Jump to ContentJump to Main Navigation
The First Bilateral Investment TreatiesU.S. Postwar Friendship, Commerce, and Navigation Treaties$
Users without a subscription are not able to see the full content.

Kenneth J. Vandevelde

Print publication date: 2017

Print ISBN-13: 9780190679576

Published to Oxford Scholarship Online: April 2017

DOI: 10.1093/acprof:oso/9780190679576.001.0001

Show Summary Details
Page of

PRINTED FROM OXFORD SCHOLARSHIP ONLINE (www.oxfordscholarship.com). (c) Copyright Oxford University Press, 2019. All Rights Reserved. An individual user may print out a PDF of a single chapter of a monograph in OSO for personal use. date: 17 October 2019

Launching the U.S. Postwar FCN Treaty Program

Launching the U.S. Postwar FCN Treaty Program

Chapter:
(p.57) 2 Launching the U.S. Postwar FCN Treaty Program
Source:
The First Bilateral Investment Treaties
Author(s):

Kenneth J. Vandevelde

Publisher:
Oxford University Press
DOI:10.1093/acprof:oso/9780190679576.003.0003

At the end of World War II, the State Department revitalized its program of friendship, commerce, and navigation (FCN) treaties, which dated back to 1776. This entailed preparing, in consultation with the business community, a new standard draft treaty, the most important innovation of which was the extension of protection to companies. The first treaty concluded after the war was with China. This treaty was opposed by much of the business community, which believed that the State Department had failed to use its bargaining power to obtain sufficiently favorable provisions, especially national treatment with respect to engaging in business activities. The second treaty, with Italy, included such a right and was received favorably by the business community. A proposed treaty with the Soviet Union was abandoned after George F. Kennan argued that the Soviet Union lacked a sufficient commitment to the rule of law for the treaty to be effective.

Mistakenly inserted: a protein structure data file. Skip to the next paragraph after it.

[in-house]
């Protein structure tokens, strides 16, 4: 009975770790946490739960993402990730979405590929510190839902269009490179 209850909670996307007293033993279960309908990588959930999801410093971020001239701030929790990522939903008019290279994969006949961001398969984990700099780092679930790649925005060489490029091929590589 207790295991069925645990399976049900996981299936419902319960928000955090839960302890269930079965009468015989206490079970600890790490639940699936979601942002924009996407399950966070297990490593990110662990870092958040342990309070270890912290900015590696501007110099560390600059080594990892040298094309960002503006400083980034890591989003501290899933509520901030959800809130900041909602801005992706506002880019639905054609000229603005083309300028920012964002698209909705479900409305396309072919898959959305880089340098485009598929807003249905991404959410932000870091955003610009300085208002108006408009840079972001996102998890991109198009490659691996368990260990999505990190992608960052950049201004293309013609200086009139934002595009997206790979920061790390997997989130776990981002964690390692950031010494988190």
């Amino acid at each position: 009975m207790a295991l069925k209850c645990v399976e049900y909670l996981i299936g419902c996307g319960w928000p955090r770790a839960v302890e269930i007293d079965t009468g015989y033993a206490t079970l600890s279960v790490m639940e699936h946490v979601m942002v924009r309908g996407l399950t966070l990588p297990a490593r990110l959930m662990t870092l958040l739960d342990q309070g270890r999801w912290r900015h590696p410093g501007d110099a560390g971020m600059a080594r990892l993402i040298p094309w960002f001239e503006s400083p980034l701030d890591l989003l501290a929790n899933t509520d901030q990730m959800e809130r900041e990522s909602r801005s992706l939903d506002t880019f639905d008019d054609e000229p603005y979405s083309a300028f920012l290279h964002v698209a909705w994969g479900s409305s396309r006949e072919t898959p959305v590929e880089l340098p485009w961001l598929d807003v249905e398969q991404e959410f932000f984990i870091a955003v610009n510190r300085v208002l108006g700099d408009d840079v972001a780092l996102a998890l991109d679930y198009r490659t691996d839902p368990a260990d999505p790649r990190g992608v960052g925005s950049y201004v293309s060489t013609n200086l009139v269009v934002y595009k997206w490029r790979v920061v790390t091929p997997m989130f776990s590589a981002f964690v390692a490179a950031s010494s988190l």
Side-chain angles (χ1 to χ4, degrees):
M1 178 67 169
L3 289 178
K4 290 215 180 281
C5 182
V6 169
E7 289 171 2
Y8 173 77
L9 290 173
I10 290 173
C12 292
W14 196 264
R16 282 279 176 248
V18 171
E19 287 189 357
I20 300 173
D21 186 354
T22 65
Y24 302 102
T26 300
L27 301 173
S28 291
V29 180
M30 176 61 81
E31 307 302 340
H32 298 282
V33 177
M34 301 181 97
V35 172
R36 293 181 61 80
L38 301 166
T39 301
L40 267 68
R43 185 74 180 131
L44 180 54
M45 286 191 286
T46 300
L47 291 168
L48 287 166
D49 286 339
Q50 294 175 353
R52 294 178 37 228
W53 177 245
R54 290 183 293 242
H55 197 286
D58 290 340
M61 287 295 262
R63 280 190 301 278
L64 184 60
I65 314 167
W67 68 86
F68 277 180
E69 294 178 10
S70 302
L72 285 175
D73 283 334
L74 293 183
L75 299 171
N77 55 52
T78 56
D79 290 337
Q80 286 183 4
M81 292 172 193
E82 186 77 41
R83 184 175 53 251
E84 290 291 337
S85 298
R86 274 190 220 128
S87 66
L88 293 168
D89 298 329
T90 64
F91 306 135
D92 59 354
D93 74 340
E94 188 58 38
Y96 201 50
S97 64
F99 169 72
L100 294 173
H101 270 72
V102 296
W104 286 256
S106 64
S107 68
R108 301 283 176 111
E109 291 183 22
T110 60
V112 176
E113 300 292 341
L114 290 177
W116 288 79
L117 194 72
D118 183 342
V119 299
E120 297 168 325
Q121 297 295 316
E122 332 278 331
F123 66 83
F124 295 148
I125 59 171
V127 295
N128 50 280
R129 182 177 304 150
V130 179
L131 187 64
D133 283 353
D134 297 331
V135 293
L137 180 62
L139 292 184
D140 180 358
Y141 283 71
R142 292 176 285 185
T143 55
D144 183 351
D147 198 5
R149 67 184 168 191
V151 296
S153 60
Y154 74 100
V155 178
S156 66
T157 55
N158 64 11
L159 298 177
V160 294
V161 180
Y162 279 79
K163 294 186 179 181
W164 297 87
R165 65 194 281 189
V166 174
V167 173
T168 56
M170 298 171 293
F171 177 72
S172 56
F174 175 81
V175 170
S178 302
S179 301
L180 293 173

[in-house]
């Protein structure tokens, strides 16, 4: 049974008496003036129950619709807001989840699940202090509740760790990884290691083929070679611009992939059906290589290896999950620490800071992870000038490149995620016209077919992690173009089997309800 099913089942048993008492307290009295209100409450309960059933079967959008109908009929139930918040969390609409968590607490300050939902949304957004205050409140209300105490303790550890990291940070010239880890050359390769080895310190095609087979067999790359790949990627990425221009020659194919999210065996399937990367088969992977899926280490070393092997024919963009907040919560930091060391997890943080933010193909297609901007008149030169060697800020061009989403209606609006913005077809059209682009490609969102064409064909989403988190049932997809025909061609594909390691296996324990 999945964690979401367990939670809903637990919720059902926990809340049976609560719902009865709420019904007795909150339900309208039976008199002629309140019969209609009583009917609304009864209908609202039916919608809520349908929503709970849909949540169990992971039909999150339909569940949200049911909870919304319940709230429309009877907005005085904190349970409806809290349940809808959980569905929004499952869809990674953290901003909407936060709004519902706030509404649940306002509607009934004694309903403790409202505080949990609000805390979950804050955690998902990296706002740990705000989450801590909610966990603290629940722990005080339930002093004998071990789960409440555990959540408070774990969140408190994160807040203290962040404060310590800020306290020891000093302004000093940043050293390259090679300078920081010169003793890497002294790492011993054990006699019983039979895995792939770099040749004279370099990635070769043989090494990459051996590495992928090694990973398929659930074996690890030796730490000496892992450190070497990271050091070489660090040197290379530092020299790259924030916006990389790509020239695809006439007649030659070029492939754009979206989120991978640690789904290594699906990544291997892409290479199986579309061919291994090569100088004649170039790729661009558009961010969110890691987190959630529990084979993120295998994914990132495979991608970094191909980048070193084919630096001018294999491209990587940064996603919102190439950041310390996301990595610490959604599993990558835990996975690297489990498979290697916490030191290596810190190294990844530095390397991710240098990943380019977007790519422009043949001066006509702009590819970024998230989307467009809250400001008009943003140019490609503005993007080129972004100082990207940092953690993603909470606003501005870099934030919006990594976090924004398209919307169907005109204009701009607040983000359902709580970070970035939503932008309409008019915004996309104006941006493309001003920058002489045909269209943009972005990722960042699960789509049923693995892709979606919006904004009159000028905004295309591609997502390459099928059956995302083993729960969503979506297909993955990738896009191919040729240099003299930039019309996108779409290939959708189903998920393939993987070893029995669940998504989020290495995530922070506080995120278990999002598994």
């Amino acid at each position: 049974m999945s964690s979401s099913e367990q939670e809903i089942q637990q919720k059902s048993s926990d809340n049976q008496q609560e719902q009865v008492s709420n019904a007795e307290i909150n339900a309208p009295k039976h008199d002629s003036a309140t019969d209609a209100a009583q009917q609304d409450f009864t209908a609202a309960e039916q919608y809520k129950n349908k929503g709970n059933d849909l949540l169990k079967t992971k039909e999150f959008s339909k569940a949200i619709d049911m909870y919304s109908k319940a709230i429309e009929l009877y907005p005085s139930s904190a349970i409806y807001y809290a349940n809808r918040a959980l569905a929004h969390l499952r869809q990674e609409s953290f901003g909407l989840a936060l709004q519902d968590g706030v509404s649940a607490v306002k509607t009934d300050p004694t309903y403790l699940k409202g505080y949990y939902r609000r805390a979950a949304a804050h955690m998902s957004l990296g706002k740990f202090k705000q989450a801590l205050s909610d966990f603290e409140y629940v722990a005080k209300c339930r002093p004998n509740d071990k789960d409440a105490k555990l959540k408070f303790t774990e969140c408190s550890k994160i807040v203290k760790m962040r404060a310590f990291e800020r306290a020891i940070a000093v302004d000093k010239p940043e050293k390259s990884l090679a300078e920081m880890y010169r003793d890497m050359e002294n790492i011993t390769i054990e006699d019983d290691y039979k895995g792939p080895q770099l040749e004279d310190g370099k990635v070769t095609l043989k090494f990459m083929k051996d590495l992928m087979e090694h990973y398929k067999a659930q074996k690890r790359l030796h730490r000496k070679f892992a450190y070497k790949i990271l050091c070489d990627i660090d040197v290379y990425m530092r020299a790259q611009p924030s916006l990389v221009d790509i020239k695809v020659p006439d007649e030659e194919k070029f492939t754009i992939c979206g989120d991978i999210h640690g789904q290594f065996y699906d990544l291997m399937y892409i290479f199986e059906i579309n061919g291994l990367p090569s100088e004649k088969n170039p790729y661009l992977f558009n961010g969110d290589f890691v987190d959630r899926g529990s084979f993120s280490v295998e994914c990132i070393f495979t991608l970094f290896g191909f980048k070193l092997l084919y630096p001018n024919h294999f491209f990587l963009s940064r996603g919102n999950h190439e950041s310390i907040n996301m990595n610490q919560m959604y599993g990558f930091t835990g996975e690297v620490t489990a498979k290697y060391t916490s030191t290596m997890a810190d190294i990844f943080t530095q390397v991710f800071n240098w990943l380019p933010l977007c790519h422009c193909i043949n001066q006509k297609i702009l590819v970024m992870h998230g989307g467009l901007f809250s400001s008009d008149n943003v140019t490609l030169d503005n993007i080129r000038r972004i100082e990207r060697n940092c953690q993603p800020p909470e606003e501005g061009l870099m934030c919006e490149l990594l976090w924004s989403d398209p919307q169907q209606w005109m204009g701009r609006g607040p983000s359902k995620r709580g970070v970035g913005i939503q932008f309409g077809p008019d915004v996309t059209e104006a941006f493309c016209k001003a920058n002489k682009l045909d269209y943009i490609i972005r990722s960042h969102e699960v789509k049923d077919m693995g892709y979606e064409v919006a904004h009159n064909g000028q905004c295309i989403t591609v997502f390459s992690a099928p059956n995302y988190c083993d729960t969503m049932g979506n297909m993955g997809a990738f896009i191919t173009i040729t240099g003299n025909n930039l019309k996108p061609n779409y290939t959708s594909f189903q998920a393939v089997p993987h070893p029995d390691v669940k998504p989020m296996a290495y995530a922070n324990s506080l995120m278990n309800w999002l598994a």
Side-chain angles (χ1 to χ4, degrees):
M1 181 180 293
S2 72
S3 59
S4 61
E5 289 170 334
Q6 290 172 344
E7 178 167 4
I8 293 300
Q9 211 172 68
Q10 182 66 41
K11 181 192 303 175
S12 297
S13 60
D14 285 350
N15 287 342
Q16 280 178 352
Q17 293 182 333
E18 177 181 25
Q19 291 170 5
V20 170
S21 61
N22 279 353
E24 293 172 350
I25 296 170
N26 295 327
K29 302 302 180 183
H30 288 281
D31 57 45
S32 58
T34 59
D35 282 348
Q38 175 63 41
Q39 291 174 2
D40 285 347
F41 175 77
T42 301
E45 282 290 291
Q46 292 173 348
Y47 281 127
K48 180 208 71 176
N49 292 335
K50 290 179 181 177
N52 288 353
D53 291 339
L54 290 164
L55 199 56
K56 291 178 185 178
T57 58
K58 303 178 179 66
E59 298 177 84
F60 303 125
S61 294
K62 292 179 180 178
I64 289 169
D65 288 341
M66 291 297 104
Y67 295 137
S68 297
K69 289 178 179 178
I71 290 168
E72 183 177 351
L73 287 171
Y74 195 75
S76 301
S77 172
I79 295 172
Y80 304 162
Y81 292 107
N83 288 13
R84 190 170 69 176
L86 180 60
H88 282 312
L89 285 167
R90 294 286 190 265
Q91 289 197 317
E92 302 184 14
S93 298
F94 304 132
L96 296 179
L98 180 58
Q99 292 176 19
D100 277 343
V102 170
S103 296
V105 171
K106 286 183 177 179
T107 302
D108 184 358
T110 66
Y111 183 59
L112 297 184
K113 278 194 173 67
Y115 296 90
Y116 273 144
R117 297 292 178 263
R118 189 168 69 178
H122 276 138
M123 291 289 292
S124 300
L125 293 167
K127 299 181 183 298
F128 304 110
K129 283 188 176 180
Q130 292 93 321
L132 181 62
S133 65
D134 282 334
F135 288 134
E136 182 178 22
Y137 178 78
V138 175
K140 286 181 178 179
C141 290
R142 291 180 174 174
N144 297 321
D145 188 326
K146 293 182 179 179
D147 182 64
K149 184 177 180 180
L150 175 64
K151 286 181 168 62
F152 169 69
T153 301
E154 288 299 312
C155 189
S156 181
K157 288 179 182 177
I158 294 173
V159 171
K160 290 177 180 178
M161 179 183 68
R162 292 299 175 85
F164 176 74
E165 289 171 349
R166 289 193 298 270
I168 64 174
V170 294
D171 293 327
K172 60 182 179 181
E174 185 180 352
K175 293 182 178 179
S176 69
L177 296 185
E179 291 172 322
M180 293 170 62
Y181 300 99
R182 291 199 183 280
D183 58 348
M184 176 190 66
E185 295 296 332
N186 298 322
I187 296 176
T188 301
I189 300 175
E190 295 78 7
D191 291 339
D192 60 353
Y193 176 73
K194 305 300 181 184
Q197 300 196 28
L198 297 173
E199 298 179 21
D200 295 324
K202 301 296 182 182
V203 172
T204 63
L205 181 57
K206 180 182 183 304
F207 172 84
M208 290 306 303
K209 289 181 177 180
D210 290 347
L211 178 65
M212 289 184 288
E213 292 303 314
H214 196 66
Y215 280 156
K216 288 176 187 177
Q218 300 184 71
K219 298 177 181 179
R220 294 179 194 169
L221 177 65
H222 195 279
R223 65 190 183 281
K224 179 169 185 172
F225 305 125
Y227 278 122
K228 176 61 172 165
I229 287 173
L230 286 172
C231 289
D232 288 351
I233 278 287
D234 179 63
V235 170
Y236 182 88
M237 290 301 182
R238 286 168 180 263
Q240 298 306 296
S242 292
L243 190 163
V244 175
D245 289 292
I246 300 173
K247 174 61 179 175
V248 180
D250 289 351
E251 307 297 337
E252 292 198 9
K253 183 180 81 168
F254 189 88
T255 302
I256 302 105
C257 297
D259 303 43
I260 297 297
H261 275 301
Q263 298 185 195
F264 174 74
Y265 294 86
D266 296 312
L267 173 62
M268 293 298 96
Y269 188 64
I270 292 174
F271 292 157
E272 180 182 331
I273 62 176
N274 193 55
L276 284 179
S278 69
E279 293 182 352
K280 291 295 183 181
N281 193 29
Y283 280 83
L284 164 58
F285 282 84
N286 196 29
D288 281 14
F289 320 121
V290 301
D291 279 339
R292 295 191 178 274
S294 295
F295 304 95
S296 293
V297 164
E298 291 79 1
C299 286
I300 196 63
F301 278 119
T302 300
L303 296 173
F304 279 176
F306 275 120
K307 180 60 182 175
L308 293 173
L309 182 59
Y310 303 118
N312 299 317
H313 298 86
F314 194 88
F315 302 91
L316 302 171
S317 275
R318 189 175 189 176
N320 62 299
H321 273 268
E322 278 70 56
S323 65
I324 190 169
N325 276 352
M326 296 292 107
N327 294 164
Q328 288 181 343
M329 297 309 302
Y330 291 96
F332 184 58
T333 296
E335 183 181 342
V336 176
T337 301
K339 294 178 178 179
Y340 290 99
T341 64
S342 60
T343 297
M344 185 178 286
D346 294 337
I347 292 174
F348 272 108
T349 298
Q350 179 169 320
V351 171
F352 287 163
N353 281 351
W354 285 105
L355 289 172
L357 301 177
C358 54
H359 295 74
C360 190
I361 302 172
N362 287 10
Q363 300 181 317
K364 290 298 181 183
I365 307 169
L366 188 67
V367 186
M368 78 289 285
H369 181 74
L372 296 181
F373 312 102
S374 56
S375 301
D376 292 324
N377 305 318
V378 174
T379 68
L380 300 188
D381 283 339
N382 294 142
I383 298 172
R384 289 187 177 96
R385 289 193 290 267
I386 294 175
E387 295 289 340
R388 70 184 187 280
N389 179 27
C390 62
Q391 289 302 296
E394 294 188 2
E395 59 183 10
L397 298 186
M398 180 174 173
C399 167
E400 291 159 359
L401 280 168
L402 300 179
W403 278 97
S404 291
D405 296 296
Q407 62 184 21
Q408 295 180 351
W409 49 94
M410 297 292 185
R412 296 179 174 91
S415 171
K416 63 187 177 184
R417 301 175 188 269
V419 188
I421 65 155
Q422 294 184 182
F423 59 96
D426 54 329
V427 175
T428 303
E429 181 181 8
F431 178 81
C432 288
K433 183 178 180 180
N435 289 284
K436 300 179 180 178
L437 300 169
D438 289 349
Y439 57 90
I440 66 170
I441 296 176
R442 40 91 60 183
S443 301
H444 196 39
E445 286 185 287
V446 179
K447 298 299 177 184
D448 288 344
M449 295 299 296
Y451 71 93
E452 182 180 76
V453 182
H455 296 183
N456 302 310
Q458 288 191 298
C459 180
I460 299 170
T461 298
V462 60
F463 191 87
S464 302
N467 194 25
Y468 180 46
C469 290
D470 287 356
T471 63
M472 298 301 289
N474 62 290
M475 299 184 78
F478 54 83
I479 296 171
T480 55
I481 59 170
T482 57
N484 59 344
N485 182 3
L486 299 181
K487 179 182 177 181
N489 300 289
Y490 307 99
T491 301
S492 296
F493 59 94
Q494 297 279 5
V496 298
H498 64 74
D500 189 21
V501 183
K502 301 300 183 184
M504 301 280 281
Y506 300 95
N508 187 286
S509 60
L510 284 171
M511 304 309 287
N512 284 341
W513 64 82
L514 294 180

Keywords:   standard draft treaty, protection of corporations, national treatment, China, Italy, Soviet Union, rule of law

Oxford Scholarship Online requires a subscription or purchase to access the full text of books within the service. Public users can however freely search the site and view the abstracts and keywords for each book and chapter.

Please, subscribe or login to access full text content.

If you think you should have access to this title, please contact your librarian.

To troubleshoot, please check our FAQs , and if you can't find the answer there, please contact us .